The ssh protocol runs directly above the TCP protocol. Once the TCP bytestream has been established, the client and the server exchange messages. The first message exchanged is an ASCII line that announces the version of the protocol and the version of the software implementation used by the client and the server. These two lines are useful when debugging interoperability problems and other issues.

The next message is the SSH_MSG_KEX_INIT message that is used to negotiate the cryptographic algorithms that will be used for the ssh session. It is very important for security protocols to include mechanisms that enable a negotiation of the cryptographic algorithms that are used for several reasons. First, these algorithms provide different levels of security. Some algorithms might be considered totally secure and are recommended today while they could become deprecated a few years laters after the publication of some attacks. Second, these algorithms provide different levels of performance and have different CPU and memory impacts.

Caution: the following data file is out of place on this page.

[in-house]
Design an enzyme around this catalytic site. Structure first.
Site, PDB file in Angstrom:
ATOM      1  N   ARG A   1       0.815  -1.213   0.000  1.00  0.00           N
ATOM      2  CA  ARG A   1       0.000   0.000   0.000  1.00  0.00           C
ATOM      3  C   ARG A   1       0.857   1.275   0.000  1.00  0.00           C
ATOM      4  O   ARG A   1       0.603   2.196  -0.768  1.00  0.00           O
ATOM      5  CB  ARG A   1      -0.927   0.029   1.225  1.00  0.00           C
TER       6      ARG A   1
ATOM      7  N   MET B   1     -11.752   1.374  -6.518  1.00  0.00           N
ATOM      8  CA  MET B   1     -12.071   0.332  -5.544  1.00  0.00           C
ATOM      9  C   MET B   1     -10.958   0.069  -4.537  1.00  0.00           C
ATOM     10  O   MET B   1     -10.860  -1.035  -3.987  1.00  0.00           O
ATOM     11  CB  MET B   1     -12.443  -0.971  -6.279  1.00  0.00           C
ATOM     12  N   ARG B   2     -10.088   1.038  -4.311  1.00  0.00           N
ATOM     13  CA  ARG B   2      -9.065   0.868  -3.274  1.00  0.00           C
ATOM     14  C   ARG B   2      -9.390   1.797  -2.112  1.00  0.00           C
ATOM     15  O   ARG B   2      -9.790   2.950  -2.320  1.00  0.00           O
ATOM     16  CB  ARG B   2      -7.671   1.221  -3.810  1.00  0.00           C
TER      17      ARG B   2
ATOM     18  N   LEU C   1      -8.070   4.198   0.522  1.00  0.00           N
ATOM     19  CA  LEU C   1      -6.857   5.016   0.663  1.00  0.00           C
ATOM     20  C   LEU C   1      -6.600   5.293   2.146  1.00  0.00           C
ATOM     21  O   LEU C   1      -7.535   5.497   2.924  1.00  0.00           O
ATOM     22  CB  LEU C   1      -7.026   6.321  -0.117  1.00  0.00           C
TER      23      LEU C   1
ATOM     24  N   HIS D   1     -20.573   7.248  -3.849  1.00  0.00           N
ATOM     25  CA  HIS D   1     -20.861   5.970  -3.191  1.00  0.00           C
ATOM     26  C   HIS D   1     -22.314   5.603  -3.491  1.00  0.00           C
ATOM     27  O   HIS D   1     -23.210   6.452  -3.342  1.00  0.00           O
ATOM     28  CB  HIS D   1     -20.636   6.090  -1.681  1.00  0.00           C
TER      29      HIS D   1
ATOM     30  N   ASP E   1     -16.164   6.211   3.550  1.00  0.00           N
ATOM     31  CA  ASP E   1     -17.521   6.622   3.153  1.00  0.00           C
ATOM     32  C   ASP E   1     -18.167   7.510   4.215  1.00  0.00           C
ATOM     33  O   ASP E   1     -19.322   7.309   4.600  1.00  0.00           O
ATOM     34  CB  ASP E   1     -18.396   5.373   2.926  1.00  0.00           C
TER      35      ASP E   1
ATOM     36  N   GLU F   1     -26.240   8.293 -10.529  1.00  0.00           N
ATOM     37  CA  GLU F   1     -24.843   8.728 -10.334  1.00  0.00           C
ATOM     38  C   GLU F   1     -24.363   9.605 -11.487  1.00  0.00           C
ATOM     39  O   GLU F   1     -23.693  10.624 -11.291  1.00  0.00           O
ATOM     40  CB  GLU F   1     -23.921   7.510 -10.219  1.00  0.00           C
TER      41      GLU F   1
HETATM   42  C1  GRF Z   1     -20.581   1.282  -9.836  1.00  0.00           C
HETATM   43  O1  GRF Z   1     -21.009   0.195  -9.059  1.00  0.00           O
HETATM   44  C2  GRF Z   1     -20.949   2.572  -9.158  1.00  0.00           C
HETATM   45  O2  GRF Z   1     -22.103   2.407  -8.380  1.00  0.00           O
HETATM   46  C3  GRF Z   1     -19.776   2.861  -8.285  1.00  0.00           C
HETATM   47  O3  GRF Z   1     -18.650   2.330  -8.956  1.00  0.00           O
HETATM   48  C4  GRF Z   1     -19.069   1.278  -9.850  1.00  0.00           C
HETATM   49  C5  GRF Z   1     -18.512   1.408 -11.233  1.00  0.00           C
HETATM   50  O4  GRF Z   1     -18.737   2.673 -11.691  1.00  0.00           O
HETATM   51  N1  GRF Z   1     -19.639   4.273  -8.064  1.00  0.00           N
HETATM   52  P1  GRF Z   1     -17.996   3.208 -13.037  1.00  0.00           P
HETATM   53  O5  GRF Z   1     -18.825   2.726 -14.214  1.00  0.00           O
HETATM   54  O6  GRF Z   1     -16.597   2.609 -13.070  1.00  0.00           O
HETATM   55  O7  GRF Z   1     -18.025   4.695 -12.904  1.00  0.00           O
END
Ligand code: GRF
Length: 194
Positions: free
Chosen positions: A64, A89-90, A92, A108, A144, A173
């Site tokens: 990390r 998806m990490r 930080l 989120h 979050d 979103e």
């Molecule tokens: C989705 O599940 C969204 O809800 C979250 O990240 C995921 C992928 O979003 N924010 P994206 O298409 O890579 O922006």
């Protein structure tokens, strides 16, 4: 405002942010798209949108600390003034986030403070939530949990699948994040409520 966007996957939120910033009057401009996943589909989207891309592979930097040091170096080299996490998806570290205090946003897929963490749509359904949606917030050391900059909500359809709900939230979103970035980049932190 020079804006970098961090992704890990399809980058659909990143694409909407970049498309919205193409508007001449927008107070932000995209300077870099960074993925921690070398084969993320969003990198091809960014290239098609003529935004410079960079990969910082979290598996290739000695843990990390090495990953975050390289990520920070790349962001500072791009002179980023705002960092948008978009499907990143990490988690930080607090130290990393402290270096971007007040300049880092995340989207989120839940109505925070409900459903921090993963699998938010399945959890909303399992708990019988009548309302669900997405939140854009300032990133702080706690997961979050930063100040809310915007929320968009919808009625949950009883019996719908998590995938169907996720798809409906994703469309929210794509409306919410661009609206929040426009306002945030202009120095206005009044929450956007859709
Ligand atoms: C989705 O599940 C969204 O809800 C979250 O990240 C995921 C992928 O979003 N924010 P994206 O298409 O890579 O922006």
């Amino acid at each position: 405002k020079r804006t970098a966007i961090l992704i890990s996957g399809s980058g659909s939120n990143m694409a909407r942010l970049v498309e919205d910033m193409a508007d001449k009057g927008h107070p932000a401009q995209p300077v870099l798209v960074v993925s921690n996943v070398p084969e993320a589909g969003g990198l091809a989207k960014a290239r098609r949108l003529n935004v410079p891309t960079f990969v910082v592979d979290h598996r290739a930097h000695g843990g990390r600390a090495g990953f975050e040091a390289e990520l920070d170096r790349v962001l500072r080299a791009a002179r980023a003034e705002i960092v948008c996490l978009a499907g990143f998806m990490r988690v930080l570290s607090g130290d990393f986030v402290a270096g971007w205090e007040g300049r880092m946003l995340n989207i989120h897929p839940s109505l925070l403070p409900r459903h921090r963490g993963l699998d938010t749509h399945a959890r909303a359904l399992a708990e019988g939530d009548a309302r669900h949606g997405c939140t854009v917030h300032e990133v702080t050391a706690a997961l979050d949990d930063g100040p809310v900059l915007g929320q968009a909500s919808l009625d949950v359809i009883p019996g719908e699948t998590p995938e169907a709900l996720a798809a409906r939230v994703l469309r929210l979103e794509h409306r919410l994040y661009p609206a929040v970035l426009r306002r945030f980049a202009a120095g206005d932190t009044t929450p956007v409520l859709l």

In practice, an ssh implementation supports four types of cryptographic algorithms :

  • key exchange
  • encryption
  • Message Authentication Code (MAC)
  • compression

The IANA maintains a list of the cryptographic algorithms that can be used by ssh implementations. For each type of algorithm, the client provides an ordered list of the algorithms that it supports and agrees to use. The server compares the received list with its own list. The outcome of the negotiation is a set of four algorithms [1] that will be combined for this session.

msc {
a [label="", linecolour=white],
b [label="Client",linecolour=black],
z [label="", linecolour=white],
c [label="Server", linecolour=black],
d [label="", linecolour=white];

a=>b [ label = "" ] ,
b>>c [ label = "SSH-clientP-clientS comments", arcskip="1"];
c=>d [ label = "" ];

d=>c [ label = "" ] ,
c>>b [ label = "SSH-serverP-serverS comments", arcskip="1"];
b=>a [ label = "" ];

a=>b [ label = "" ] ,